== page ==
Facebook outfits React with Accessibility API

A new API extends React and React Native to people needing assistive technology

Facebook outfits React with Accessibility API
Credit: Jeremy Keith

Facebook is fitting its React JavaScript library and the accompanying React Native mobile framework with an API to accommodate application usage by disabled persons.

Emphasizing the goal of enabling anyone to use apps built with its React technologies, Facebook engineers have created the Accessibility API for React and React Native. With it, React-powered experiences can be used by someone who may work with assistive technology, such as a screen reader for the blind and visually impaired.

"We've designed the React Accessibility API to look and feel similar to the iOS and Android APIs," said Facebook software engineers Georgiy Kassabli and Chace Liang in a blog post on Monday. "If you've developed accessible applications for the Web, iOS, or Android before, you should feel comfortable with the framework and nomenclature of the React AX API."

Developers could make a UI element accessible to assistive technology. The engineers also cited an example involving the Facebook Ads Manager app, which allows advertisers to manage accounts or create new ads, which can have a lot of contextual information. "When we were designing these interactions for accessibility, we decided to group related information together. For example, a campaign list item displays the campaigner's name, campaign result, and campaign status in one single list item," said the engineers. "We can implement this behavior with React Native's Accessibility API easily. We just need to set accessible={true} on the parent component, and it will then gather all accessibility labels from its children."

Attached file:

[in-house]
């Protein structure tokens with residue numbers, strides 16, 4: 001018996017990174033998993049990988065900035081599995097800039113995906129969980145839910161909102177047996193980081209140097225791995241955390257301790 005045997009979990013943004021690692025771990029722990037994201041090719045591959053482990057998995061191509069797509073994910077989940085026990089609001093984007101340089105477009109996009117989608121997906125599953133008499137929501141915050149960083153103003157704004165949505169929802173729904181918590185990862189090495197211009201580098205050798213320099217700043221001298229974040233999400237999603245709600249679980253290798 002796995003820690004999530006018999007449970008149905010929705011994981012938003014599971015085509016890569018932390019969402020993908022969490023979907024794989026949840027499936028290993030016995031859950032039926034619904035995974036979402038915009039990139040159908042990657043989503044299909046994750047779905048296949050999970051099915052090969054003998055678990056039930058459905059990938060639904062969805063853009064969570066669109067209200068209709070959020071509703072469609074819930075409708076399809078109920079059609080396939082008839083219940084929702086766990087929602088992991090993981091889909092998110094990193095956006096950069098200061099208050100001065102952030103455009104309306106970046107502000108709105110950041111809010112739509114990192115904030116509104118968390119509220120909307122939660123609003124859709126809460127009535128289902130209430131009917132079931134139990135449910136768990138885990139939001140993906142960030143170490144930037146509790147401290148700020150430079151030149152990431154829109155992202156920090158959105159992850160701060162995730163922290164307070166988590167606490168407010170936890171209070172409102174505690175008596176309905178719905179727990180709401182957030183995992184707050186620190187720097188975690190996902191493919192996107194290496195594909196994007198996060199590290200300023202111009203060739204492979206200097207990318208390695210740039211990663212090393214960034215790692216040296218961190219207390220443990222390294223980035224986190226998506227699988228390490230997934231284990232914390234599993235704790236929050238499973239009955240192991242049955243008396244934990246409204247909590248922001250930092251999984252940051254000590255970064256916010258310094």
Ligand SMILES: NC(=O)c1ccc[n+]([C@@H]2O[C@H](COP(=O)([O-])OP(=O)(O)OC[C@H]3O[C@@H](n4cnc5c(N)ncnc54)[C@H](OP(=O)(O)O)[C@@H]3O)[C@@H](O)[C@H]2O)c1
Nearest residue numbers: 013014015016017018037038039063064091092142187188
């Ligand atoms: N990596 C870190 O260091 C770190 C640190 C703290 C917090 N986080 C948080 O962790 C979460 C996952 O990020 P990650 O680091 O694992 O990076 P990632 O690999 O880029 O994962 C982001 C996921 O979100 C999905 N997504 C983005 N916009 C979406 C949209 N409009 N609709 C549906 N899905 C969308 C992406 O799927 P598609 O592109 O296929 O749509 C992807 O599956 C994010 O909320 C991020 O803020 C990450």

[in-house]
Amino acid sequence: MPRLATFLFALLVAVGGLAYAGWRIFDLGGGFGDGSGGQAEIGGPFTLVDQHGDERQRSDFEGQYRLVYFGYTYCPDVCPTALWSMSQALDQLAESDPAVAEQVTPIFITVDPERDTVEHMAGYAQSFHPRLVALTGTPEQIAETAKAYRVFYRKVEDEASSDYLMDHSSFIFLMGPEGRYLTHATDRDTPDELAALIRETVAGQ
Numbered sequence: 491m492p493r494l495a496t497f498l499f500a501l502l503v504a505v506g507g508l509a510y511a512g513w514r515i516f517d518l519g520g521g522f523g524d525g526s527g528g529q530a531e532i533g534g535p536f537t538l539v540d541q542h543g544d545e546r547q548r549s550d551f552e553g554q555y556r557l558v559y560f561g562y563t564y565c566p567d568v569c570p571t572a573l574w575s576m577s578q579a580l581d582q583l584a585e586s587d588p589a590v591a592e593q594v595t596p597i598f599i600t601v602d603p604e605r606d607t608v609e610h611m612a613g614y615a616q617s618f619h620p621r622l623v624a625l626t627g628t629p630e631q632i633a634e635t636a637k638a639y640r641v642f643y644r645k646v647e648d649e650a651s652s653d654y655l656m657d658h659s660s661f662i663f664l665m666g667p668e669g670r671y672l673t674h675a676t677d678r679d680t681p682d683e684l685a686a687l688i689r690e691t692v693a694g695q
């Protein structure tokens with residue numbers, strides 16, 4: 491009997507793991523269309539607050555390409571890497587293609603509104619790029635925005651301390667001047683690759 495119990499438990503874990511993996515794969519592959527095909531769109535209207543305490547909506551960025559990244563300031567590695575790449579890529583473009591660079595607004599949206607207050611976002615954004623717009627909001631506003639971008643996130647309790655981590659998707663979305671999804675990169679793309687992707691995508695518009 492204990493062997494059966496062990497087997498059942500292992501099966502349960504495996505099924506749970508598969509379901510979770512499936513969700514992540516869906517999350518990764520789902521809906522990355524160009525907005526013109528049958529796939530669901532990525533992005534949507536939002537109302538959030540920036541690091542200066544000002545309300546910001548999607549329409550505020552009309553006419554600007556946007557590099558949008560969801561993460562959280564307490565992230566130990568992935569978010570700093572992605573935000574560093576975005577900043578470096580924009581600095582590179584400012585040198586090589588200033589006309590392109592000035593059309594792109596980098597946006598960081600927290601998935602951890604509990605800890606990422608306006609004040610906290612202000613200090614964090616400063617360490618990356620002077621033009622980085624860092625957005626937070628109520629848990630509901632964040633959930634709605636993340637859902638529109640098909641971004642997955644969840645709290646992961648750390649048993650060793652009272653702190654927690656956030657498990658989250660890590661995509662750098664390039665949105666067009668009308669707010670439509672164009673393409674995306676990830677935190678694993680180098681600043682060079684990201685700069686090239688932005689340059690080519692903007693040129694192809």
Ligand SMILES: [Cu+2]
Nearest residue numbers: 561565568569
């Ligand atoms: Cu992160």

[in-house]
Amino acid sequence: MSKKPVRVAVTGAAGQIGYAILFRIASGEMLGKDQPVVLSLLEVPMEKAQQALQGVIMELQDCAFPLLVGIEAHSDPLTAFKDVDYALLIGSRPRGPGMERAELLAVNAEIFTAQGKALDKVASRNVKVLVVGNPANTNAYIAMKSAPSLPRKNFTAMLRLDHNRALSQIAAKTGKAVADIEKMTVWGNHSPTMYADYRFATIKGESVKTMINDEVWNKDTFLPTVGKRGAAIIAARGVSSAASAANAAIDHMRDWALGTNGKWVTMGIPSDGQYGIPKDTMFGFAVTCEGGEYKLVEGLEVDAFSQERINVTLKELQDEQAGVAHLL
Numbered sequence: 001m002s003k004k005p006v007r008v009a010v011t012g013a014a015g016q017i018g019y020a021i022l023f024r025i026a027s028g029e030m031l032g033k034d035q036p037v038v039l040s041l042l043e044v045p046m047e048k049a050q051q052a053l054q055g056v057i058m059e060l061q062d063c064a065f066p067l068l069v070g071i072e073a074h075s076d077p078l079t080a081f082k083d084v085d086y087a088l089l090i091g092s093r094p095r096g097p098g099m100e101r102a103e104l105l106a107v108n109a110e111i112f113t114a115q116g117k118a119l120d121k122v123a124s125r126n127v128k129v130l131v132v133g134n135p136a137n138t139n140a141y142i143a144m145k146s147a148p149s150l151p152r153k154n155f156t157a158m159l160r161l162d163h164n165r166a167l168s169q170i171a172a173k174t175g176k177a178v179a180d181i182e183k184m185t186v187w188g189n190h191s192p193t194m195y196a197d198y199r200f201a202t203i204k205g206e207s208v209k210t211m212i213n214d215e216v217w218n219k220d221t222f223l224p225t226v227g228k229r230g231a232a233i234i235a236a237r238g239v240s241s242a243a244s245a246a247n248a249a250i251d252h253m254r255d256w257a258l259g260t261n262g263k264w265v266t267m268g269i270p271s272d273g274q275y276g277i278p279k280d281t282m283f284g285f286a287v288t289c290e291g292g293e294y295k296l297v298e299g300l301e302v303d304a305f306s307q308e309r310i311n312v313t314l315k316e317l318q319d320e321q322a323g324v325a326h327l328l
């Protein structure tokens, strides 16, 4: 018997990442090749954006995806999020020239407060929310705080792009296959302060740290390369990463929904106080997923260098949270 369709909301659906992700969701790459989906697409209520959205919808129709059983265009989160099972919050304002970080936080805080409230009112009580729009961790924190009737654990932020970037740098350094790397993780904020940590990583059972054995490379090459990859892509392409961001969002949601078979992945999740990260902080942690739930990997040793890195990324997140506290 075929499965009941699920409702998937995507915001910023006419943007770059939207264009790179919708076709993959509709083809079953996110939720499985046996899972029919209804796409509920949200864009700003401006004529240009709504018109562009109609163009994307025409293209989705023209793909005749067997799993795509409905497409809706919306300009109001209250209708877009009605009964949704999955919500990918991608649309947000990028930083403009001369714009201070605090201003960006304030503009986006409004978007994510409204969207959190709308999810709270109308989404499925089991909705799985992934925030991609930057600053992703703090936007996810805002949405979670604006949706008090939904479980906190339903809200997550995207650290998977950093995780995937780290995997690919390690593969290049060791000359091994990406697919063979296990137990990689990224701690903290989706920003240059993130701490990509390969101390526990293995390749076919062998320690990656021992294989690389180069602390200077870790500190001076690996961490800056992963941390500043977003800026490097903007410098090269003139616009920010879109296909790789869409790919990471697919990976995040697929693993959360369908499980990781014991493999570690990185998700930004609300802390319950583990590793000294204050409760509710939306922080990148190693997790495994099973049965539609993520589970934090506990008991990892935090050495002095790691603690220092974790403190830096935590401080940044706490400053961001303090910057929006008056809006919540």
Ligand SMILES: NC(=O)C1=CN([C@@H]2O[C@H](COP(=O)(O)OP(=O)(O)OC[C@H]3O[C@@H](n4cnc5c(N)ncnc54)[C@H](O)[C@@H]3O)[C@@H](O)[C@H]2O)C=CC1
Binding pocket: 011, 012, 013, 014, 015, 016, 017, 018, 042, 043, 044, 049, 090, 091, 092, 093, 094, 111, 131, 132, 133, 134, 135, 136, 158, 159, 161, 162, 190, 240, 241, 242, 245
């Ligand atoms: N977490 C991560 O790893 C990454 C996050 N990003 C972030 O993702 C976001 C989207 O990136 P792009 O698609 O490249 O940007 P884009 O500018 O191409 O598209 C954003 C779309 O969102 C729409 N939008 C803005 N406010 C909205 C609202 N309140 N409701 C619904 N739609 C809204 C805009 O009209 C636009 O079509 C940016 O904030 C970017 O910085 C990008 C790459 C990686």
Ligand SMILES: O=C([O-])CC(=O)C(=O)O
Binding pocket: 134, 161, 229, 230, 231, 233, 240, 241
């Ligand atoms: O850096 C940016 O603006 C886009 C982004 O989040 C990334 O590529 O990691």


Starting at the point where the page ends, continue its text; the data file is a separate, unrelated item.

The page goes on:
In conjunction with the Accessiblity API, Facebook also is offering "accessibility primer" HIKE, which can be used by developers familiar with HTML, CSS, and JavaScript. "H" stands for headings and semantic content, "I" for images and non-context content, "K" for keyboard navigation, and "E" for "a little extra love to build custom components and to address issues of color contrast and text size," according to a blog post by Ramya Sethuraman, a member of the Facebook accessibility team. "The primer teaches some essentials of Web accessibility through simple exercises," she said.

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